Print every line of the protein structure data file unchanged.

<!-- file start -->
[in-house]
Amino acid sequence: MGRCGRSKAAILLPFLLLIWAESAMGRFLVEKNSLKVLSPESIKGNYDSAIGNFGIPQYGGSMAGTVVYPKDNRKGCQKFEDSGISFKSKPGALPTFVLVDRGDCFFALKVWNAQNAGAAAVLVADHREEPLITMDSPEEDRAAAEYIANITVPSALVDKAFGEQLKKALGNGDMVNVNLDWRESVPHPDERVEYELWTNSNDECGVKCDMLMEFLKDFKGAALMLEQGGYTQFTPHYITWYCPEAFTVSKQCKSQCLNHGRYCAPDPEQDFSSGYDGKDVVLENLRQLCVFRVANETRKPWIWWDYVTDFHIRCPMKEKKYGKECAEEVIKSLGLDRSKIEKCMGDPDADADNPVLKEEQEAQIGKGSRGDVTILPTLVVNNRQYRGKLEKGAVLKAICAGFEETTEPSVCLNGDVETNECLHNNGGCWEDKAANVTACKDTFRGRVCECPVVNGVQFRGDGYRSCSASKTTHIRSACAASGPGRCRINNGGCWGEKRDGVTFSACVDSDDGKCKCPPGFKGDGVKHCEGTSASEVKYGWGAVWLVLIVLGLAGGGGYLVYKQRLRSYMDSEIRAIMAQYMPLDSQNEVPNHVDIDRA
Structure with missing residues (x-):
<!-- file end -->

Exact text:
[in-house]
Amino acid sequence: MGRCGRSKAAILLPFLLLIWAESAMGRFLVEKNSLKVLSPESIKGNYDSAIGNFGIPQYGGSMAGTVVYPKDNRKGCQKFEDSGISFKSKPGALPTFVLVDRGDCFFALKVWNAQNAGAAAVLVADHREEPLITMDSPEEDRAAAEYIANITVPSALVDKAFGEQLKKALGNGDMVNVNLDWRESVPHPDERVEYELWTNSNDECGVKCDMLMEFLKDFKGAALMLEQGGYTQFTPHYITWYCPEAFTVSKQCKSQCLNHGRYCAPDPEQDFSSGYDGKDVVLENLRQLCVFRVANETRKPWIWWDYVTDFHIRCPMKEKKYGKECAEEVIKSLGLDRSKIEKCMGDPDADADNPVLKEEQEAQIGKGSRGDVTILPTLVVNNRQYRGKLEKGAVLKAICAGFEETTEPSVCLNGDVETNECLHNNGGCWEDKAANVTACKDTFRGRVCECPVVNGVQFRGDGYRSCSASKTTHIRSACAASGPGRCRINNGGCWGEKRDGVTFSACVDSDDGKCKCPPGFKGDGVKHCEGTSASEVKYGWGAVWLVLIVLGLAGGGGYLVYKQRLRSYMDSEIRAIMAQYMPLDSQNEVPNHVDIDRA
Structure with missing residues (x-):